DM Foot Dr Hussein Safar

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					Diabetic Foot
Dr Hussein Safar, MD, FRCS
Consultant Vascular Surgeon

Diabetic Foot: Risk Factors
Risk Factors for Atherosclerosis
Older age (> 40 years) Male gender

Smoking Diabetes Hypertension Hyperlipidaemia Homocysteinuria

Family History
When risk factors coexist, the risk increases several-fold
Am J Cardiol 2001; 87 (suppl): 3D-13D NEJM 2001; 344: 1608-1621

Murabito JM et al. Circulation 1997;96:44–49; Laurila A et al. Arterioscler Throm Vasc Biol 1997;17:2910–2913; Malinow MR et al. Circulation 1989;79:1180–1188; Brigden ML. Postgrad Med 1997;101:249–262.

Diabetic Foot: Presentation
Acute 6Ps [pulseless, paresthesia, paralysis, pain, pallor, parse cold ] Chronic Intermittent claudicating (typical or atypical)

Critical limb ischemia (rest pain or ulceration or gangrene)
Neuropathic ulcer / gangrene without ischemia

Diabetic Foot: Ulcer
Ischaemic Pulse Coldness Sensation    Necrotic   Delayed  Digits Neuropathic    Granulating   Normal  Pressure area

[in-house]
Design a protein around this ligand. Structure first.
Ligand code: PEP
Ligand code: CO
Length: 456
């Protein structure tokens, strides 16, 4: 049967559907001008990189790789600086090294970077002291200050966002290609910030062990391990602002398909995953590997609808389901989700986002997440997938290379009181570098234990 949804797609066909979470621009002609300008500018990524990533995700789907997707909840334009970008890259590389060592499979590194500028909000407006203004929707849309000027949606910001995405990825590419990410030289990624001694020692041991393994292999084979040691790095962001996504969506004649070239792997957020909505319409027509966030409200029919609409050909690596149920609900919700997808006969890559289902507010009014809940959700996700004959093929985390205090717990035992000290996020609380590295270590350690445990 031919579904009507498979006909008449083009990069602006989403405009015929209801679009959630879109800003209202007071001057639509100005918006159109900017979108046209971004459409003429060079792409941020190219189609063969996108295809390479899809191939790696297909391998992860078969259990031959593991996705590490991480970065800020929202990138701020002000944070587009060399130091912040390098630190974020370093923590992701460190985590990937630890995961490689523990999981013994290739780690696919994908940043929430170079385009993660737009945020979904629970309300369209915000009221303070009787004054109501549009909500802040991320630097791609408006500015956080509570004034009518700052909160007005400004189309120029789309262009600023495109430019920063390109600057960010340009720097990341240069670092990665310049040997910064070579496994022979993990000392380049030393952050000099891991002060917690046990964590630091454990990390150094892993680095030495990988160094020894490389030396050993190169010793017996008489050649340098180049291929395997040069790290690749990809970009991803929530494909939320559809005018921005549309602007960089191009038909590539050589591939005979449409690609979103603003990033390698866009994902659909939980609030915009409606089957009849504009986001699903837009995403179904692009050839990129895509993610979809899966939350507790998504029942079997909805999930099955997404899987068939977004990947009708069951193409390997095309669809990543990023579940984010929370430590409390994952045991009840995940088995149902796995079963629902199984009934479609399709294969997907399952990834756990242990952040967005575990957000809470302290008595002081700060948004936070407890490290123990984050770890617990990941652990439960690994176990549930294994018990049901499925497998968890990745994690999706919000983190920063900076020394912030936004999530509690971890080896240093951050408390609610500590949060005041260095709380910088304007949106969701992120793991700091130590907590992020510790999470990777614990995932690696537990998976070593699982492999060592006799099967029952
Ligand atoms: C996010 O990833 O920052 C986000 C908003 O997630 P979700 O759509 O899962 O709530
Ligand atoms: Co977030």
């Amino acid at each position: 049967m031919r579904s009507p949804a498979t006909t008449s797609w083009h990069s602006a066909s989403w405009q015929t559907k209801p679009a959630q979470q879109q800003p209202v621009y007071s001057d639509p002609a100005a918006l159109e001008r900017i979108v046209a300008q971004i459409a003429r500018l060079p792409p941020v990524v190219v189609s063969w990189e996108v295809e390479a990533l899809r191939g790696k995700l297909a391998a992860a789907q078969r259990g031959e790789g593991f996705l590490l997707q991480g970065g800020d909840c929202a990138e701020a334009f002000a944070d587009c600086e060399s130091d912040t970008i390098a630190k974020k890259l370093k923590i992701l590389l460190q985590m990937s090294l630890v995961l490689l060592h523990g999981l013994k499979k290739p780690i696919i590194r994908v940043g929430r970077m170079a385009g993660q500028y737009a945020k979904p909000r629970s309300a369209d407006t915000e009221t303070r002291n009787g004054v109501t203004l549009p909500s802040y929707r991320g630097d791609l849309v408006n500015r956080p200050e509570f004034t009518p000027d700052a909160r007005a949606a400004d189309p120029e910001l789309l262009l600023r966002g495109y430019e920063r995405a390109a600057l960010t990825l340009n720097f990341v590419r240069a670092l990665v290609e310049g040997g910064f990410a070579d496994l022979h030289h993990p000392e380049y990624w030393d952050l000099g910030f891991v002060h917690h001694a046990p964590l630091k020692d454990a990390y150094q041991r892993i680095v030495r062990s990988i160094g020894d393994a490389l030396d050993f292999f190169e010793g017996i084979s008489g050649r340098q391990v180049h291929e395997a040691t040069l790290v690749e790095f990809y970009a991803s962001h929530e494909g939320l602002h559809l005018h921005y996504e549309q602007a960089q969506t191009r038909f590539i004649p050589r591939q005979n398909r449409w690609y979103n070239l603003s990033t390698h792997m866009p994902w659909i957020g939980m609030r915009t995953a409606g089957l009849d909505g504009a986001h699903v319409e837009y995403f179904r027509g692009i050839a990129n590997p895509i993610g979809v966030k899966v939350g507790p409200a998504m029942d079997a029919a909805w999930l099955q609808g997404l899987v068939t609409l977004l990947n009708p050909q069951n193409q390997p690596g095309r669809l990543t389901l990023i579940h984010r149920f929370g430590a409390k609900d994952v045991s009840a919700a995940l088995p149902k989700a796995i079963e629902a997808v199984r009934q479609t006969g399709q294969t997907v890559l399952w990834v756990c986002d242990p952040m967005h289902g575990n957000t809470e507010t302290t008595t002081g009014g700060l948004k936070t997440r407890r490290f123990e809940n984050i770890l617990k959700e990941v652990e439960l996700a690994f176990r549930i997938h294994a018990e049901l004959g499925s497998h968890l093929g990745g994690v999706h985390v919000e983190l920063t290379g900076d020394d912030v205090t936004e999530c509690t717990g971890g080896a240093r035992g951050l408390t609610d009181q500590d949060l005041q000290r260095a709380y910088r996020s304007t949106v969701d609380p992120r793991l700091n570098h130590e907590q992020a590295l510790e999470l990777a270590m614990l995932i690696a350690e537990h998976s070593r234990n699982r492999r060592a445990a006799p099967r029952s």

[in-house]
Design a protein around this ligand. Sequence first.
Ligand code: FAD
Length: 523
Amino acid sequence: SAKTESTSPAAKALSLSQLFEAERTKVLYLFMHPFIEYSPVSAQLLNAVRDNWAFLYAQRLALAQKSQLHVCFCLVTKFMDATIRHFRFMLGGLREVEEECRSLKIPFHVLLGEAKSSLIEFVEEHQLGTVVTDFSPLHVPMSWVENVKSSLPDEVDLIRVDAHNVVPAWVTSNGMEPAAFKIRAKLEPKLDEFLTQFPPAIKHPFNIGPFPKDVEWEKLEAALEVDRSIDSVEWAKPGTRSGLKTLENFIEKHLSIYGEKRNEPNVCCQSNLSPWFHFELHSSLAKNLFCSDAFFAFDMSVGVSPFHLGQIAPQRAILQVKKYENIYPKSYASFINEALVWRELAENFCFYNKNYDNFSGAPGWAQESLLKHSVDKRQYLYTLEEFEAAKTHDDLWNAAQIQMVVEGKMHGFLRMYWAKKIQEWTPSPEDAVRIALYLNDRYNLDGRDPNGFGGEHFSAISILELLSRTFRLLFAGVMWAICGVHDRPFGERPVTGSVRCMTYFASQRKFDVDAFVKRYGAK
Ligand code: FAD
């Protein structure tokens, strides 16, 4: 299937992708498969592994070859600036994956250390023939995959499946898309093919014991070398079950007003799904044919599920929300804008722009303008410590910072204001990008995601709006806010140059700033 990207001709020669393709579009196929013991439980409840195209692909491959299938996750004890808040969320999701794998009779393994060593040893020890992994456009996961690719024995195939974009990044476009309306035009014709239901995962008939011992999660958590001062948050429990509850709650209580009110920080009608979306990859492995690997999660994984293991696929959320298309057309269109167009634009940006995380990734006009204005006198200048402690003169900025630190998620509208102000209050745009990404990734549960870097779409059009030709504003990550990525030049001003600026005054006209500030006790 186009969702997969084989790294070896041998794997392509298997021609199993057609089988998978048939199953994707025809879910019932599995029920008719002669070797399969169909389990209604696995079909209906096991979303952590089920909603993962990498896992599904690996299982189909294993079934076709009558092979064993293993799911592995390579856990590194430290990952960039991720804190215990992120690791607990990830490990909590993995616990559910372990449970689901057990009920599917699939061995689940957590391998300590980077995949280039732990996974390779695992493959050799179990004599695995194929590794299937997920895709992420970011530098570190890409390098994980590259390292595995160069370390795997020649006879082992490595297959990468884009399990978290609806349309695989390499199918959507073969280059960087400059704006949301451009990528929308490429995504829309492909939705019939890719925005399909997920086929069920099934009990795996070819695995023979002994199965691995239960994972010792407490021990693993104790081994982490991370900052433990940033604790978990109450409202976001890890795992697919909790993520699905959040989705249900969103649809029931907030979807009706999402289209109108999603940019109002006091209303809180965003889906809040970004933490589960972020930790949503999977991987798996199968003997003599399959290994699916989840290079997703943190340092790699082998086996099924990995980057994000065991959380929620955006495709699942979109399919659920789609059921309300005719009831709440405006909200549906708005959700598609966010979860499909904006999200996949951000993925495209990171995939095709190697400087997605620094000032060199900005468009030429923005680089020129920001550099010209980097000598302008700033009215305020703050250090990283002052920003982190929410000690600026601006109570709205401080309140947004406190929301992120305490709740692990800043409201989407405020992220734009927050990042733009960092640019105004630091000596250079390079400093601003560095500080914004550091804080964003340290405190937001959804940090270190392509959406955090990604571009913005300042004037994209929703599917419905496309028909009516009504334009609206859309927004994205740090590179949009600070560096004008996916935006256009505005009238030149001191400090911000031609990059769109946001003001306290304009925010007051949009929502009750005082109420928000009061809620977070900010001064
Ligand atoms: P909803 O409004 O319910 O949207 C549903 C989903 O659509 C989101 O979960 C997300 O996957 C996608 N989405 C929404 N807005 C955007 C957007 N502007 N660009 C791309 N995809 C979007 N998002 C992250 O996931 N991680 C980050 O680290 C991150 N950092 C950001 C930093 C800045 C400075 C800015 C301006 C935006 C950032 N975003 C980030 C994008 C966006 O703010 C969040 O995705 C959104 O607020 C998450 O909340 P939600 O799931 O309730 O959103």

Ulcer Hyper-keratotic edges Atrophic appearing skin (shiny, thin, dry) capillary return time Pain Site

Diabetic Foot: Classification
0 A
Pre or postulcerative lesion completely epithelialized




Superficial wound, not Wound penetrating Wound involving tendon, penetrating to to tendon or capsule, or bone bone or joint capsule
Superficial wound, not involving tendon, capsule, or bone with infection Wound penetrating to tendon or capsule with infection Wound penetrating to bone or joint with infection


Pre or postulcerative lesion, completely epithelialized with



Pre or postulcerative lesion, completely epithelialized with

Superficial wound, not involving tendon, capsule, or bone with
ischemia Superficial wound, not involving tendon, capsule, or bone with infection and ischemia

Wound penetrating to tendon or capsule
with ischemia Wound penetrating to tendon or capsule with infection and ischemia

Wound penetrating to bone or joint with
ischemia Wound penetrating to bone or joint with infection and ischemia



Pre or postulcerative lesion, completely epithelialized with

infection and ischemia

The University of Texas Health Science Center San Antonio Diabetic Wound Classification System

Diabetic Foot: Investigations